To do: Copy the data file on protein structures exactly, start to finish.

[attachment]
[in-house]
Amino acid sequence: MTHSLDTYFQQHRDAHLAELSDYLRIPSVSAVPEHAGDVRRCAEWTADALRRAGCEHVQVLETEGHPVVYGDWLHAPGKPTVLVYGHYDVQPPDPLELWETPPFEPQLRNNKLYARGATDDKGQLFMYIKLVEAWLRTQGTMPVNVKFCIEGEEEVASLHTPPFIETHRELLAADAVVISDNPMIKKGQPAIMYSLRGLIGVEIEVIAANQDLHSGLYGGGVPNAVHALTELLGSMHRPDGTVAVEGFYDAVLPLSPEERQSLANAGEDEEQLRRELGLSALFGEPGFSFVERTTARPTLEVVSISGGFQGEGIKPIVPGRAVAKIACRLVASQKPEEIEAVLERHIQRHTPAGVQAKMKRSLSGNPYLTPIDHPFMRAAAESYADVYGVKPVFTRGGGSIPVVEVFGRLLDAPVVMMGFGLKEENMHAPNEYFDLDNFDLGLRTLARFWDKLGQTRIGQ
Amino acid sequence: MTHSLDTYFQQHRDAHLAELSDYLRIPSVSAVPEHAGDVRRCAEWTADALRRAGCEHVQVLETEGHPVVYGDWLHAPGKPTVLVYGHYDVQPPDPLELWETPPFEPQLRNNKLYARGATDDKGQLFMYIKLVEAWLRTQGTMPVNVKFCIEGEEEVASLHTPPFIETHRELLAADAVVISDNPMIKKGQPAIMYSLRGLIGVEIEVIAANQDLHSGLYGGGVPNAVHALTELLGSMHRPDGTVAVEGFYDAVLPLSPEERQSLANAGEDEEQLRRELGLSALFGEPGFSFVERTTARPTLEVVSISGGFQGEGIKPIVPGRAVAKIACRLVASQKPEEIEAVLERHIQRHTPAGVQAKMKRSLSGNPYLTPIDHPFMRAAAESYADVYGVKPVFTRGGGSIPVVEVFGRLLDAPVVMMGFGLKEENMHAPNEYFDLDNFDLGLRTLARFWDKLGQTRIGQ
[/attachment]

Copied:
[in-house]
Amino acid sequence: MTHSLDTYFQQHRDAHLAELSDYLRIPSVSAVPEHAGDVRRCAEWTADALRRAGCEHVQVLETEGHPVVYGDWLHAPGKPTVLVYGHYDVQPPDPLELWETPPFEPQLRNNKLYARGATDDKGQLFMYIKLVEAWLRTQGTMPVNVKFCIEGEEEVASLHTPPFIETHRELLAADAVVISDNPMIKKGQPAIMYSLRGLIGVEIEVIAANQDLHSGLYGGGVPNAVHALTELLGSMHRPDGTVAVEGFYDAVLPLSPEERQSLANAGEDEEQLRRELGLSALFGEPGFSFVERTTARPTLEVVSISGGFQGEGIKPIVPGRAVAKIACRLVASQKPEEIEAVLERHIQRHTPAGVQAKMKRSLSGNPYLTPIDHPFMRAAAESYADVYGVKPVFTRGGGSIPVVEVFGRLLDAPVVMMGFGLKEENMHAPNEYFDLDNFDLGLRTLARFWDKLGQTRIGQ
Amino acid sequence: MTHSLDTYFQQHRDAHLAELSDYLRIPSVSAVPEHAGDVRRCAEWTADALRRAGCEHVQVLETEGHPVVYGDWLHAPGKPTVLVYGHYDVQPPDPLELWETPPFEPQLRNNKLYARGATDDKGQLFMYIKLVEAWLRTQGTMPVNVKFCIEGEEEVASLHTPPFIETHRELLAADAVVISDNPMIKKGQPAIMYSLRGLIGVEIEVIAANQDLHSGLYGGGVPNAVHALTELLGSMHRPDGTVAVEGFYDAVLPLSPEERQSLANAGEDEEQLRRELGLSALFGEPGFSFVERTTARPTLEVVSISGGFQGEGIKPIVPGRAVAKIACRLVASQKPEEIEAVLERHIQRHTPAGVQAKMKRSLSGNPYLTPIDHPFMRAAAESYADVYGVKPVFTRGGGSIPVVEVFGRLLDAPVVMMGFGLKEENMHAPNEYFDLDNFDLGLRTLARFWDKLGQTRIGQ